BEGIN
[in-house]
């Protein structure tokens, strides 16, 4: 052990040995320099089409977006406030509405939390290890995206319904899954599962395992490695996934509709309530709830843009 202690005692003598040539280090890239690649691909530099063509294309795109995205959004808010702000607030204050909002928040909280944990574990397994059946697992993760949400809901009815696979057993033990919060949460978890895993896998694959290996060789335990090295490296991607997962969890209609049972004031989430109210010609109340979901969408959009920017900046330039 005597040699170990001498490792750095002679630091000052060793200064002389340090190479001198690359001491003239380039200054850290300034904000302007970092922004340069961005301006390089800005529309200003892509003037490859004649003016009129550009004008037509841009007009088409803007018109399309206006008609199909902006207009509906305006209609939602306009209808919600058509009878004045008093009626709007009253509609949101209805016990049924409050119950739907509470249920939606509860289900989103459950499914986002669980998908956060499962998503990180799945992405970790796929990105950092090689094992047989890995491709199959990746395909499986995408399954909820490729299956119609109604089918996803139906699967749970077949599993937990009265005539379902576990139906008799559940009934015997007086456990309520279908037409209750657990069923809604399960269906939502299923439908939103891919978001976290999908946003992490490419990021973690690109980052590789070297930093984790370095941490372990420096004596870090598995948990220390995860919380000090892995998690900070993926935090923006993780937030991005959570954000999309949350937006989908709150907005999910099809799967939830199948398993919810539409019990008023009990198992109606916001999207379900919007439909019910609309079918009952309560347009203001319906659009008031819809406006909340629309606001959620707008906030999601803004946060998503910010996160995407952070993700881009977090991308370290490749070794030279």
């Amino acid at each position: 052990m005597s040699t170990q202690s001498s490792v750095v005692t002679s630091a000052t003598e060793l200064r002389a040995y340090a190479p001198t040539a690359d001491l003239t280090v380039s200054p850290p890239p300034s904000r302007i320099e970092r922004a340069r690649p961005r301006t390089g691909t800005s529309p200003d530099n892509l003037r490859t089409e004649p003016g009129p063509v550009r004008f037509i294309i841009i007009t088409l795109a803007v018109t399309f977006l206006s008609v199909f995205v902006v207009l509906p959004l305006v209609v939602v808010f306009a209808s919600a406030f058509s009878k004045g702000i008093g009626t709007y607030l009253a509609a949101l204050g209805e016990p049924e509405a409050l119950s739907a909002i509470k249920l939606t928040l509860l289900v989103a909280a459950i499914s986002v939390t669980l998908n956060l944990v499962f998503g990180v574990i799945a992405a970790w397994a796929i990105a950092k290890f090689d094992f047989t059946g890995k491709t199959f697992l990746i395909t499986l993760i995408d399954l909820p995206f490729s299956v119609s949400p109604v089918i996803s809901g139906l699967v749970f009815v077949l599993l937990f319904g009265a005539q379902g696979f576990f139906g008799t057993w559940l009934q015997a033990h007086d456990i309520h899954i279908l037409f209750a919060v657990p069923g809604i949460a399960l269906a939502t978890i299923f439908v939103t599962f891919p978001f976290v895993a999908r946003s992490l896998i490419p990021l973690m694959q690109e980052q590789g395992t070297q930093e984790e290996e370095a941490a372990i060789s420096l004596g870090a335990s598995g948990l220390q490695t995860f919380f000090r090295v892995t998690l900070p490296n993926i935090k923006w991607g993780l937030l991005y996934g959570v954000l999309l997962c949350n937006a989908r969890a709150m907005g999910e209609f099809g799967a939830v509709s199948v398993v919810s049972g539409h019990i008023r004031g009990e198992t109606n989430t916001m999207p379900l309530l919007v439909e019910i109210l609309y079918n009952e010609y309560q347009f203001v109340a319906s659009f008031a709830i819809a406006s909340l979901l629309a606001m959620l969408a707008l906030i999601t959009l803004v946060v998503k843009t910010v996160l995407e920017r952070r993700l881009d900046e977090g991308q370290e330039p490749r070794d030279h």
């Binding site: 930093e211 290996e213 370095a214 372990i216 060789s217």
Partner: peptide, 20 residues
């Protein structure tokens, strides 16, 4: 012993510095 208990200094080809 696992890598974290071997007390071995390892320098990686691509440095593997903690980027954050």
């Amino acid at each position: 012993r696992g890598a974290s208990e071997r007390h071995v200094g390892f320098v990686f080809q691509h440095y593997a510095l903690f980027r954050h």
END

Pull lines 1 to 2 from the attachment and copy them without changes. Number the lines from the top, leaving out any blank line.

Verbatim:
[in-house]
């Protein structure tokens, strides 16, 4: 052990040995320099089409977006406030509405939390290890995206319904899954599962395992490695996934509709309530709830843009 202690005692003598040539280090890239690649691909530099063509294309795109995205959004808010702000607030204050909002928040909280944990574990397994059946697992993760949400809901009815696979057993033990919060949460978890895993896998694959290996060789335990090295490296991607997962969890209609049972004031989430109210010609109340979901969408959009920017900046330039 005597040699170990001498490792750095002679630091000052060793200064002389340090190479001198690359001491003239380039200054850290300034904000302007970092922004340069961005301006390089800005529309200003892509003037490859004649003016009129550009004008037509841009007009088409803007018109399309206006008609199909902006207009509906305006209609939602306009209808919600058509009878004045008093009626709007009253509609949101209805016990049924409050119950739907509470249920939606509860289900989103459950499914986002669980998908956060499962998503990180799945992405970790796929990105950092090689094992047989890995491709199959990746395909499986995408399954909820490729299956119609109604089918996803139906699967749970077949599993937990009265005539379902576990139906008799559940009934015997007086456990309520279908037409209750657990069923809604399960269906939502299923439908939103891919978001976290999908946003992490490419990021973690690109980052590789070297930093984790370095941490372990420096004596870090598995948990220390995860919380000090892995998690900070993926935090923006993780937030991005959570954000999309949350937006989908709150907005999910099809799967939830199948398993919810539409019990008023009990198992109606916001999207379900919007439909019910609309079918009952309560347009203001319906659009008031819809406006909340629309606001959620707008906030999601803004946060998503910010996160995407952070993700881009977090991308370290490749070794030279």